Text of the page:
In a landmark move that could redefine college sports, the head of the NCAA has proposed that Division I schools be allowed to compensate student-athletes directly.
In a letter sent Tuesday to Division I members, NCAA President Charlie Baker suggested a new "subdivision" be created for institutions with the "highest resources." Those schools would be required to invest a minimum of $30,000 annually into an educational trust for each of at least half of their student-athletes. The average total cost per school is estimated to be around $6 million.
Pat Forde, a senior writer for Sports Illustrated, said there are a lot of things schools would have to work through.
"First of all, the schools have to decide for themselves: 'are we in on this?' But then secondly: who's getting paid? If it's half the students within an athletic department, which half? Who gets it?" Forde said.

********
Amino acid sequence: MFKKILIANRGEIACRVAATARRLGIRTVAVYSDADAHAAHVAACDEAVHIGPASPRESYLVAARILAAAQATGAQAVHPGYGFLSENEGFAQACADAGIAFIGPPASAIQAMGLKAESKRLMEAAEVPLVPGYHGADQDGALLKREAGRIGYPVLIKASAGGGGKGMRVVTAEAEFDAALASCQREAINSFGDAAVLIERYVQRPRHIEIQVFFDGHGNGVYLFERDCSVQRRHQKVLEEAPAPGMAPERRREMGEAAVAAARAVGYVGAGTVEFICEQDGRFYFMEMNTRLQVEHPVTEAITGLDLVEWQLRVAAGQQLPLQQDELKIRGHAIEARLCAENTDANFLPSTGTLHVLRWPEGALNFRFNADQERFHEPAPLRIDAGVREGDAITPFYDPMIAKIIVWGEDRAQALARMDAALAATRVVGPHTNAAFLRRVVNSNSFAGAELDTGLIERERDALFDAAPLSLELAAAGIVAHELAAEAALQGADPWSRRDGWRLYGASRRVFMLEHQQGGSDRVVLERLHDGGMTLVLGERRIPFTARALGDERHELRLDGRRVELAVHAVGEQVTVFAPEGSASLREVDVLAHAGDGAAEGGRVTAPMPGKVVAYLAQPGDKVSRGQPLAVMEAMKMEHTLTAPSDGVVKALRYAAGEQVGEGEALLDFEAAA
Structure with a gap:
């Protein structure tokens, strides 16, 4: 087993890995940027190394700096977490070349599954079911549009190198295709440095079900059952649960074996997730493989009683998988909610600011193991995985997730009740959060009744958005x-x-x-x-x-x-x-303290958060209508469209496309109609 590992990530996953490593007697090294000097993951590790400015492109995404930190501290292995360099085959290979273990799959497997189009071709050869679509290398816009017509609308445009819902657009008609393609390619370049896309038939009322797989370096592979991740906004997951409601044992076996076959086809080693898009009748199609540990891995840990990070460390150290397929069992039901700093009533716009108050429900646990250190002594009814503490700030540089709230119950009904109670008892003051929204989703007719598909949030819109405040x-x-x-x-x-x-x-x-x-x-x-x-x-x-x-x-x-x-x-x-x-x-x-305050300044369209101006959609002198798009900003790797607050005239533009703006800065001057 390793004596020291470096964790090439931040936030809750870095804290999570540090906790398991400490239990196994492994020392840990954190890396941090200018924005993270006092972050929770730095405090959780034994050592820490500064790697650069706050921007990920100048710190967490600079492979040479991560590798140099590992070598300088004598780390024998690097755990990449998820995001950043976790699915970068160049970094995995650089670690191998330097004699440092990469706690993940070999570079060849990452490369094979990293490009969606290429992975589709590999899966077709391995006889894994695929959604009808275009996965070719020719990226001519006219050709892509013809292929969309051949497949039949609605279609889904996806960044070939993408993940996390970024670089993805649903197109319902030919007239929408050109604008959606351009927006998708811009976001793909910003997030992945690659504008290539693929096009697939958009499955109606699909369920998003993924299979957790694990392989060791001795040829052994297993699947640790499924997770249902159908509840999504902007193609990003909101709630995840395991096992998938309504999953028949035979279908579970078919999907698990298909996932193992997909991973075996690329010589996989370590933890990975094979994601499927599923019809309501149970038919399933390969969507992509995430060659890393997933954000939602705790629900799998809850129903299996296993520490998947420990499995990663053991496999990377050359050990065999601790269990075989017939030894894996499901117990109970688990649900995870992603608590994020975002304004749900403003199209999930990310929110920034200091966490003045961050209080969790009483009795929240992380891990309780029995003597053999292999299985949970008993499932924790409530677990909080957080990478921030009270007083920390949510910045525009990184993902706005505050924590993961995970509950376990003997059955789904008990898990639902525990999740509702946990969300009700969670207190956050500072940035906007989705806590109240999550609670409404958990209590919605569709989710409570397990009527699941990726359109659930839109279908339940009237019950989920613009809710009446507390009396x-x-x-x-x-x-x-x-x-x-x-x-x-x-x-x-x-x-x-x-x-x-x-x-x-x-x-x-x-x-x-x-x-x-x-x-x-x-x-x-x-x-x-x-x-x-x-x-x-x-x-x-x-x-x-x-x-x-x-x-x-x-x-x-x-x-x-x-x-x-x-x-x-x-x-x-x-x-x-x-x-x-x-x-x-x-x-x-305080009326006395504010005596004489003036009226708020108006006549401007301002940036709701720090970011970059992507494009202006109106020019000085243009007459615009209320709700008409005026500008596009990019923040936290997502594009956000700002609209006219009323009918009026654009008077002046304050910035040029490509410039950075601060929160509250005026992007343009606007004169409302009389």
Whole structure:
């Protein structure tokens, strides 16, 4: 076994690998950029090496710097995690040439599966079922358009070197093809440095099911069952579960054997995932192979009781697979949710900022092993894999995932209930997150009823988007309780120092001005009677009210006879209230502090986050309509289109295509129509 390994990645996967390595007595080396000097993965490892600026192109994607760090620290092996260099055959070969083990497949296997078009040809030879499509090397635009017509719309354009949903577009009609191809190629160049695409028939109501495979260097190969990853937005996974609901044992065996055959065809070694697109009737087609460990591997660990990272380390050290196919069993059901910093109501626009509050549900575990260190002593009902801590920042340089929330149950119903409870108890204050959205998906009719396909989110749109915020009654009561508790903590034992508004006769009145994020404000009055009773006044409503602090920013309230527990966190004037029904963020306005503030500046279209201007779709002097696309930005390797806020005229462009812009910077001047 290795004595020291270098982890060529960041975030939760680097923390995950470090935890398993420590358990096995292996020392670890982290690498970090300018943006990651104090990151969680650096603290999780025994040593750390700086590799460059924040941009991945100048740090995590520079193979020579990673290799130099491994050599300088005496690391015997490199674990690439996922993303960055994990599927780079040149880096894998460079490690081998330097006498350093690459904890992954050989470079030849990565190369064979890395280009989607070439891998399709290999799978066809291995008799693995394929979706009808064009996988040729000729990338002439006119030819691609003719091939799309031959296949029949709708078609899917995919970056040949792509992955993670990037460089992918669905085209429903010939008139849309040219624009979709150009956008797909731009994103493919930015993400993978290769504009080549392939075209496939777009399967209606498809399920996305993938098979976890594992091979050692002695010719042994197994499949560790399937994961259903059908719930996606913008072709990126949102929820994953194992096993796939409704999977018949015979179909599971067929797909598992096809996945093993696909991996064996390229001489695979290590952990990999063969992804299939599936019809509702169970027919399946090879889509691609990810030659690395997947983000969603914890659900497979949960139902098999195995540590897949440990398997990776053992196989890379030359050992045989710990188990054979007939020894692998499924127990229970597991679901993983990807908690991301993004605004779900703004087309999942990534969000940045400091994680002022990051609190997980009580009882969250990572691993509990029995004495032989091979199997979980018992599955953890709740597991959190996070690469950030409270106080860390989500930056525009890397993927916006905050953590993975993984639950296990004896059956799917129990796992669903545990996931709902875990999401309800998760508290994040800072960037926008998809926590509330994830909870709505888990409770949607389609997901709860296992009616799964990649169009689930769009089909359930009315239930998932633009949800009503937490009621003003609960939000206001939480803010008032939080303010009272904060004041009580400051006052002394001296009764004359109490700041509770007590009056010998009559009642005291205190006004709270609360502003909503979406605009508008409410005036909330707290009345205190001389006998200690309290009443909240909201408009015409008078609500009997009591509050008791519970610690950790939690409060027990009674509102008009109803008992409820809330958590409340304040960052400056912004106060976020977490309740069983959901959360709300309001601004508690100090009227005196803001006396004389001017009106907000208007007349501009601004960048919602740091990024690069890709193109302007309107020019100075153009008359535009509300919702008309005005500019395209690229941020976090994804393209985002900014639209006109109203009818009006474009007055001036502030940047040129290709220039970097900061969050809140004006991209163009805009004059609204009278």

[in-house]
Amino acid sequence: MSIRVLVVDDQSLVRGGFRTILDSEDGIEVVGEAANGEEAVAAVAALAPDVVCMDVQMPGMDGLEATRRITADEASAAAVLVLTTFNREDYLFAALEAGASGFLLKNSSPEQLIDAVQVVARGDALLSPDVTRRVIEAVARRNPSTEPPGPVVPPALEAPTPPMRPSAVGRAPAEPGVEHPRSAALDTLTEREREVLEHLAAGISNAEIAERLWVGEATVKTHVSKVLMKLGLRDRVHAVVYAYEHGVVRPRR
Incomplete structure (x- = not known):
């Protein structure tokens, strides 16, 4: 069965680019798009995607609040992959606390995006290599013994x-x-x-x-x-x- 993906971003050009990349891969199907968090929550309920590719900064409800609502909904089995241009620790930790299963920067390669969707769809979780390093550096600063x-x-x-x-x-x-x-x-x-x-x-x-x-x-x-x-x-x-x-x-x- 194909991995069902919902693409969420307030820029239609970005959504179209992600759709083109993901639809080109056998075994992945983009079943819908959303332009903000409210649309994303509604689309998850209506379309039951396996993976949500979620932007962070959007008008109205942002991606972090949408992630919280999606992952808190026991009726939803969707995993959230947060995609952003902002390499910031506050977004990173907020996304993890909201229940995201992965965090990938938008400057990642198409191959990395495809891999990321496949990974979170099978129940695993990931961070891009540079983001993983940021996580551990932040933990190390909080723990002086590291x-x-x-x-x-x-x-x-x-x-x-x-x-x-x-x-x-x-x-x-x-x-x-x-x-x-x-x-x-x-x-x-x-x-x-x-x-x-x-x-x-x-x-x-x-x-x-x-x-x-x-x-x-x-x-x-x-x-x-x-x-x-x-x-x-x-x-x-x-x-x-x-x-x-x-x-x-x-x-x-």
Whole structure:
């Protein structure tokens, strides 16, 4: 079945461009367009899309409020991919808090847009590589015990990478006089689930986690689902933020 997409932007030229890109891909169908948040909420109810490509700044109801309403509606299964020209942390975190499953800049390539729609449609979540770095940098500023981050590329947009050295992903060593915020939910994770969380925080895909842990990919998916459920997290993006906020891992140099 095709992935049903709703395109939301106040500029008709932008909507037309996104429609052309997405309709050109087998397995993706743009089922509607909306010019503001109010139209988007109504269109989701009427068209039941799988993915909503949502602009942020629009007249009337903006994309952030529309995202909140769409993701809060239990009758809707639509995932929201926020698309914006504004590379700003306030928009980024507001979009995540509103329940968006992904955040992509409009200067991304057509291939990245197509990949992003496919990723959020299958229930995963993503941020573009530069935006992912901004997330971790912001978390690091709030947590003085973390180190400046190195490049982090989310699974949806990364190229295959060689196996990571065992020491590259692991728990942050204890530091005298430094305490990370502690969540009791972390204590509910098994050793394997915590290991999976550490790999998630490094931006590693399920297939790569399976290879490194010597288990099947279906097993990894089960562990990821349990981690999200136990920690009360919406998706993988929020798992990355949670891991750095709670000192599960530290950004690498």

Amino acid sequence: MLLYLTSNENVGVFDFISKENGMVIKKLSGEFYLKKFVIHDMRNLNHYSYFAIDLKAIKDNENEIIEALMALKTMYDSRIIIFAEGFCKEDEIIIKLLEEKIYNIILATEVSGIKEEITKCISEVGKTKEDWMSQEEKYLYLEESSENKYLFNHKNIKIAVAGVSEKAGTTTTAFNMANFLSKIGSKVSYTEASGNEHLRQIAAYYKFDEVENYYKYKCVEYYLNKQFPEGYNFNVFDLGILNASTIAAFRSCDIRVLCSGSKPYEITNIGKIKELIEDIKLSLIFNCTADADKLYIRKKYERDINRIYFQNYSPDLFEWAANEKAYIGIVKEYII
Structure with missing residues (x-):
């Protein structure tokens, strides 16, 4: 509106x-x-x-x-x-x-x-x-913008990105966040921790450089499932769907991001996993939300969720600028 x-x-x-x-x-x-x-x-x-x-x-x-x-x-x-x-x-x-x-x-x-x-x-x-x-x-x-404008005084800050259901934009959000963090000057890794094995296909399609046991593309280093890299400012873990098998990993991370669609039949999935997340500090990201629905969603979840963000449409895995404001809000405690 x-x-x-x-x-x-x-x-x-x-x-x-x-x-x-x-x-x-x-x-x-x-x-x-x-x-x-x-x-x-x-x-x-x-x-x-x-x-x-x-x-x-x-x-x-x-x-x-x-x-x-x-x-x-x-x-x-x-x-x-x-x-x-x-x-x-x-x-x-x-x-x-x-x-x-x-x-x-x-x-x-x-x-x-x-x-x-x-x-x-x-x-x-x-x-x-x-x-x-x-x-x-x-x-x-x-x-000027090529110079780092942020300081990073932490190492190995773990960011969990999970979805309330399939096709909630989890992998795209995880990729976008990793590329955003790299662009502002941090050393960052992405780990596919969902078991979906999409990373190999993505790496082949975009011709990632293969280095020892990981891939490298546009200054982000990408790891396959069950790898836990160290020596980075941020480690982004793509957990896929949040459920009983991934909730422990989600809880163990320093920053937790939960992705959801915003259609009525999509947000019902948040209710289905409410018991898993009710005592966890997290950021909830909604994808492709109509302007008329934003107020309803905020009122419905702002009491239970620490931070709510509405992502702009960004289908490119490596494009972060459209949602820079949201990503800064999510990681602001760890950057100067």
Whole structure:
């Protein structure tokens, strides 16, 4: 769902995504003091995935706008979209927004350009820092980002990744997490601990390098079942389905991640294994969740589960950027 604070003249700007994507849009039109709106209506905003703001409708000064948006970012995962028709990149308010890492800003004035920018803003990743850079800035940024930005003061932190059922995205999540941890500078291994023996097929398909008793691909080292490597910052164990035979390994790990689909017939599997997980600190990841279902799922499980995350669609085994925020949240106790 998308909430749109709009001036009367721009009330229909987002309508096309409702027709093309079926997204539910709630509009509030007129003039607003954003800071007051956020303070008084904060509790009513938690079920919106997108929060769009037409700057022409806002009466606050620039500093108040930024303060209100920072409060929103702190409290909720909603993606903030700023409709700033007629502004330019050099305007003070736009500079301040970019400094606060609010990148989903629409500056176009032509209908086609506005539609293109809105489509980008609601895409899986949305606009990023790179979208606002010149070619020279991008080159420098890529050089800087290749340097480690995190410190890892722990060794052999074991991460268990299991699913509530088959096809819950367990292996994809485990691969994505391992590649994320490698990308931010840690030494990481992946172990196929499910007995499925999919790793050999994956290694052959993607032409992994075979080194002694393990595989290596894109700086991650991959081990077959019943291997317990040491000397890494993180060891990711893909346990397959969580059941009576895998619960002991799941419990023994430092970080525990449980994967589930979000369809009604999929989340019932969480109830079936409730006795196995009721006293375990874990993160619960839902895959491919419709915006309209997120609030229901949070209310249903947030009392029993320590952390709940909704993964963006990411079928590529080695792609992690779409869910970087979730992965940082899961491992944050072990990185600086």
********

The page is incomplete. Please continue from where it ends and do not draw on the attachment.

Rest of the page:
The idea of compensating student-athletes gained traction with the rise of(NIL) deals that became popular among student-athletes after a gave college athletes the right to earn money from their name, image or likeness.
The latest plan, which would allow subdivision participants to create their own rules regarding roster size, recruitment or NIL, comes amid speculation that the Power Five conferences might seek to separate from the NCAA. Those conferences are seen as the most competitive in Division I athletics.
Joe Moglia, the chair of athletics at Coastal Carolina University and the former head football coach, said he believes the NCAA's Baker "is looking at the writing on the wall."
"This is where it is 100% going anyway," he said. "I will not be surprised to hear, five years from now, we have a half a dozen guys in college, 20 years old, making $5 million."
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